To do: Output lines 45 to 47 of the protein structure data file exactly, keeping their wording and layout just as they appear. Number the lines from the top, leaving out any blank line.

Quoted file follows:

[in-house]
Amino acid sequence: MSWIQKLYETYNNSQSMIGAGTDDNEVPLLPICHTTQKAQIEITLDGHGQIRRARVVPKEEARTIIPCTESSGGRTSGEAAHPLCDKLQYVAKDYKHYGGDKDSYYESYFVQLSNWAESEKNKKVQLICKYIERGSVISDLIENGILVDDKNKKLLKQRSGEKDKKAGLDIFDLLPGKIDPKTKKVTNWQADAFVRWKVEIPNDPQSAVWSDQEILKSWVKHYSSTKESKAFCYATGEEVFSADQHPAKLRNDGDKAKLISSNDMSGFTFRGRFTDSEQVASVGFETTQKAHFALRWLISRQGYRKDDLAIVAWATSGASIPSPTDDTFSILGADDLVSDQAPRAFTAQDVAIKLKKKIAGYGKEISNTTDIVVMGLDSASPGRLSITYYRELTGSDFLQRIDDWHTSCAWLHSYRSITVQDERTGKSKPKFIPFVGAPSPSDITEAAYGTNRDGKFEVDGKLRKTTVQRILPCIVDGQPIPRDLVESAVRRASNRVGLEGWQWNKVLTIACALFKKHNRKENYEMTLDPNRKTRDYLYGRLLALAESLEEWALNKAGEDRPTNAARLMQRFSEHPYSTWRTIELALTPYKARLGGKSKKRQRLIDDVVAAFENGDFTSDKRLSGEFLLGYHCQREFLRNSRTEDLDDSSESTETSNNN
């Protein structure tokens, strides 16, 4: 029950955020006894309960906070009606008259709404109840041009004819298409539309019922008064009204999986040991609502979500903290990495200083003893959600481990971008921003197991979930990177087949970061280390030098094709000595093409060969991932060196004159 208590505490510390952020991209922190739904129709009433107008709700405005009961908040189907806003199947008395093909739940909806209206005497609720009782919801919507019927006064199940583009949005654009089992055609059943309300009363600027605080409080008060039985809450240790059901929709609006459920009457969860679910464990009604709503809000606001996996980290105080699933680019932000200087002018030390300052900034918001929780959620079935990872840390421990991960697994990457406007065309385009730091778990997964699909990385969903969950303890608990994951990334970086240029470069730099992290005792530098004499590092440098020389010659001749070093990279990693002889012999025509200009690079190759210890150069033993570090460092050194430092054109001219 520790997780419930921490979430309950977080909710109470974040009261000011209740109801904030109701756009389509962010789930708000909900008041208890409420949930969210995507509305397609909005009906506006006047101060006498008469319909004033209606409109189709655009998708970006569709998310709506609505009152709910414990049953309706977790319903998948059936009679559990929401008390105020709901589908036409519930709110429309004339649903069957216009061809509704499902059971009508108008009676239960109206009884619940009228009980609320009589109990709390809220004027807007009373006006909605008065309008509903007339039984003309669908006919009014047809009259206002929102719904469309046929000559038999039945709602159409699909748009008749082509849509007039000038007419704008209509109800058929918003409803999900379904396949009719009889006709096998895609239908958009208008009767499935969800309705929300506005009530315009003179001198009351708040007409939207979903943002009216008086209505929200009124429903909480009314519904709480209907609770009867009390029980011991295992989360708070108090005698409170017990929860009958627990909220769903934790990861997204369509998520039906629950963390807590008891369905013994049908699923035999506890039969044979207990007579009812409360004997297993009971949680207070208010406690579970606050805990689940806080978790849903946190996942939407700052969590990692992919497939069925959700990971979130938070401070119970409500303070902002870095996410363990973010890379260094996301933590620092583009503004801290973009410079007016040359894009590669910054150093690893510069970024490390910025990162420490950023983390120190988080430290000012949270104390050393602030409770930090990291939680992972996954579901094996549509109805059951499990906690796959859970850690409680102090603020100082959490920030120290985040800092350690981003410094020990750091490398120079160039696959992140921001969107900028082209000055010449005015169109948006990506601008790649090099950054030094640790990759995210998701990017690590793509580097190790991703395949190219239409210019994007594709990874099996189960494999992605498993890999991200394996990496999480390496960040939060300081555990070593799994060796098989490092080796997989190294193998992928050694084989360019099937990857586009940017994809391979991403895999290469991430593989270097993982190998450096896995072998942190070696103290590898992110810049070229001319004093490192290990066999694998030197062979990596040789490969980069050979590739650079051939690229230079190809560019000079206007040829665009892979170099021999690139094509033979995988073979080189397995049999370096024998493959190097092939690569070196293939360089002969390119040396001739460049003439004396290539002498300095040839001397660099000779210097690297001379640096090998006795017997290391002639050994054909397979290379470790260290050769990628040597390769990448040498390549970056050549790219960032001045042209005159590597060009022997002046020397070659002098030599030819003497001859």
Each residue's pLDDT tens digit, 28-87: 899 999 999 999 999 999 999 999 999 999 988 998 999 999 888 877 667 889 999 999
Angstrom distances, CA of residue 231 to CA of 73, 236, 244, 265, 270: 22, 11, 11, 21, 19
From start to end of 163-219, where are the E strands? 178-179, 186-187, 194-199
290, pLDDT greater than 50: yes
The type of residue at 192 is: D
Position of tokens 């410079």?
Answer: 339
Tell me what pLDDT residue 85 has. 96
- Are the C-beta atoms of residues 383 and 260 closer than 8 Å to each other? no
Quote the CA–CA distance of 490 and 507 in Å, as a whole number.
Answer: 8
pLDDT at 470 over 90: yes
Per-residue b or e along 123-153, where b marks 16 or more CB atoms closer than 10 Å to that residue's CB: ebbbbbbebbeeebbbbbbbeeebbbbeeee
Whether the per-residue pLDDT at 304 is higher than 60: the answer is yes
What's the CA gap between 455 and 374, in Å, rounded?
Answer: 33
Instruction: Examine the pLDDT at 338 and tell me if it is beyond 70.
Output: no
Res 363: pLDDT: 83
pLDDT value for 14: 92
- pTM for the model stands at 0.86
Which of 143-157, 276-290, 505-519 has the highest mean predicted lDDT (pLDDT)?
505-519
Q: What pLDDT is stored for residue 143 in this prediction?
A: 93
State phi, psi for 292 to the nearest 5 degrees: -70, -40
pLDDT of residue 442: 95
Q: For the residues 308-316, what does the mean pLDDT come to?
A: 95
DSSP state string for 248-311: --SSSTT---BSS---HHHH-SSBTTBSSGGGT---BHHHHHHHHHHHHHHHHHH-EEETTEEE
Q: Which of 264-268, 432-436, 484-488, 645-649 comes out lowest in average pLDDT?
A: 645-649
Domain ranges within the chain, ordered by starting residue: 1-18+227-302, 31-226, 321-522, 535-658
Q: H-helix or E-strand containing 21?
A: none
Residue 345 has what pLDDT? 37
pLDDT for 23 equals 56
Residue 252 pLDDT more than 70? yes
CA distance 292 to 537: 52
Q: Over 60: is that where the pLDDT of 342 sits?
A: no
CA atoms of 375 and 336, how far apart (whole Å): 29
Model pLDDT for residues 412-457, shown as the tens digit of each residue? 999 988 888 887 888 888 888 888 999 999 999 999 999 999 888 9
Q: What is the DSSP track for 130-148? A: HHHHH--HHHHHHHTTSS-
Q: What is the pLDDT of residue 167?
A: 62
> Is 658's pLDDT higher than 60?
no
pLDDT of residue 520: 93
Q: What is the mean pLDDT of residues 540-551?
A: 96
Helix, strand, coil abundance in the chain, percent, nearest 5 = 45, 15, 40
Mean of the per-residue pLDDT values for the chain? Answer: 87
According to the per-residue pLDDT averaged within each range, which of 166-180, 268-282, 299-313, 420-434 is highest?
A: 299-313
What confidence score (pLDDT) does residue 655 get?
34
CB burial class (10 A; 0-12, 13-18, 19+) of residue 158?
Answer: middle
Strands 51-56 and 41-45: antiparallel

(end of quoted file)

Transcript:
CA atoms of 375 and 336, how far apart (whole Å): 29
Model pLDDT for residues 412-457, shown as the tens digit of each residue? 999 988 888 887 888 888 888 888 999 999 999 999 999 999 888 9
Q: What is the DSSP track for 130-148? A: HHHHH--HHHHHHHTTSS-